Q: I watched your pruning videos on YouTube and learned a lot. Is it possible to reduce the size of a standard-sized apple tree to a dwarf size this way?
A: Probably not. Standard-sized apple trees may grow to 35 or 40 feet in height. You might be able to keep a standard-sized tree under 20 feet tall (maybe 15 feet if you’re really aggressive) through pruning, but I don’t think you will get it to 8 feet tall, which is what I aim for in pruning semi-dwarf trees for backyards. I call the size of these fruit trees “ladderless.” The standard-sized apple tree is just too vigorous for pruning to short heights.
Standard-sized apple trees normally grow 30 to 40 feet tall. Buying these trees on semi-dwarfing rootstocks will keep them smaller than this, but it depends on which semi-dwarfing rootstock the tree has been grafted onto. I have found that the M111 semi-dwarfing apple rootstock is probably best for backyards in our climate.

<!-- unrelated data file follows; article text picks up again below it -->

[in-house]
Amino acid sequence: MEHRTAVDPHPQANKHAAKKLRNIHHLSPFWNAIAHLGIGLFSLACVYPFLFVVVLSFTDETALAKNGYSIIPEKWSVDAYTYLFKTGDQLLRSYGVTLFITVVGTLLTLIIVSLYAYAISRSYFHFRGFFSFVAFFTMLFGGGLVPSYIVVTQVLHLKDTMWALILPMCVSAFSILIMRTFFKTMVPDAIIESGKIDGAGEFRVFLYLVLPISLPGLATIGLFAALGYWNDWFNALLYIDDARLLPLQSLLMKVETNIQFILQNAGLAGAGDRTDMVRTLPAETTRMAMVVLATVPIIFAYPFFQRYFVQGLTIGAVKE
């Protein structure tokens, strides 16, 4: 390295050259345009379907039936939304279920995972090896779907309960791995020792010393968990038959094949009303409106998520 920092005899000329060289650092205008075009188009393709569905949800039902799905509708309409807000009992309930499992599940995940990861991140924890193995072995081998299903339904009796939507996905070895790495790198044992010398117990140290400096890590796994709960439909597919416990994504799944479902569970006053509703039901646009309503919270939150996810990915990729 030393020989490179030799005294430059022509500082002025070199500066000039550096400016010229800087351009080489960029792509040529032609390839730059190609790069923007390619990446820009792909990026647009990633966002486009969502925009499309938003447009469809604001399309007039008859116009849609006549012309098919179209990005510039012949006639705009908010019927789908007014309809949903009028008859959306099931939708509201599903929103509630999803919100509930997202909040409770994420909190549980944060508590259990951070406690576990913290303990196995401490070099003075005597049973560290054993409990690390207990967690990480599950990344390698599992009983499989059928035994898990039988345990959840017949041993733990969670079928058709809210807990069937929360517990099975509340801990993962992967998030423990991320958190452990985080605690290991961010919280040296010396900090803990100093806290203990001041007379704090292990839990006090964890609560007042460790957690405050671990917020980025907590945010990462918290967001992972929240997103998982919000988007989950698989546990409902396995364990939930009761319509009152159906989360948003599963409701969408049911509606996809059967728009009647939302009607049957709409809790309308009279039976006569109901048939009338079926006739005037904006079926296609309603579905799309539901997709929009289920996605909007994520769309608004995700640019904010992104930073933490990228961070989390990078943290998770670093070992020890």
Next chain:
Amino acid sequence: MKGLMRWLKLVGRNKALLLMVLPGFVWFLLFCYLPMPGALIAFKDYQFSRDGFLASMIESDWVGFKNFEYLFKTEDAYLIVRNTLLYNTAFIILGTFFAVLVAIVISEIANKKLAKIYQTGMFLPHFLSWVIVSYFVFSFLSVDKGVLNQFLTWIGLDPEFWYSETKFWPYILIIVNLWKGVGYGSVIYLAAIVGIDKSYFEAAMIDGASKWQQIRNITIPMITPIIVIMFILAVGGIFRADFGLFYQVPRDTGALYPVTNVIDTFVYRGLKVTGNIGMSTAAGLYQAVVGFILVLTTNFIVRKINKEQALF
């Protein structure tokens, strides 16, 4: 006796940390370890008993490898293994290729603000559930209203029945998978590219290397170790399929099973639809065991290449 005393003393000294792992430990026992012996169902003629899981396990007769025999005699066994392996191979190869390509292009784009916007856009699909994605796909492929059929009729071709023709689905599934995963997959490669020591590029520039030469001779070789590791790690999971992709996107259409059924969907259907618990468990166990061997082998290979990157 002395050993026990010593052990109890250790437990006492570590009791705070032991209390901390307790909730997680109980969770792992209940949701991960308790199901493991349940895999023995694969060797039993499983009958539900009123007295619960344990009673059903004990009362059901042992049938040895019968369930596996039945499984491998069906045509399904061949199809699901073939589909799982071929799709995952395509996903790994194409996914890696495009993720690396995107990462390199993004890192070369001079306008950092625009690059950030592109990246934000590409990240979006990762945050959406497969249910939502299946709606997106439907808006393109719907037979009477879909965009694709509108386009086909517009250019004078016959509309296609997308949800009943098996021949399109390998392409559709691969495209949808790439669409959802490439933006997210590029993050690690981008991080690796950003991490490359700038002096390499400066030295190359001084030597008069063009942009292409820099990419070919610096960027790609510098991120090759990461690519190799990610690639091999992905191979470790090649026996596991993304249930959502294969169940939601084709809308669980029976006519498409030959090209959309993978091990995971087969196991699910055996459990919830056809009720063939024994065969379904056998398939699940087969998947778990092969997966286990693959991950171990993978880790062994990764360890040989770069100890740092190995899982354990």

Using this semi-dwarfing rootstock, I have been able to keep Pink Lady and Mutsu apples, for instance, pruned at 8 feet through appropriate pruning methods. Apple trees grafted onto M111 rootstock will normally get to 80 percent of its mature height if left unpruned.
Nurseries sell fruit trees with a tag that calls the tree “semi-dwarf” because most people don’t know the different kinds of semi-dwarfing rootstocks. In our area, an apple that is labeled as semi-dwarf is most likely grafted onto M111 rootstock. There are online stores for fruit trees, such as Grow Organic and Bay Laurel, that specify the rootstock used, and the most common semi-dwarfing rootstock available on apples for backyards in the West is M111.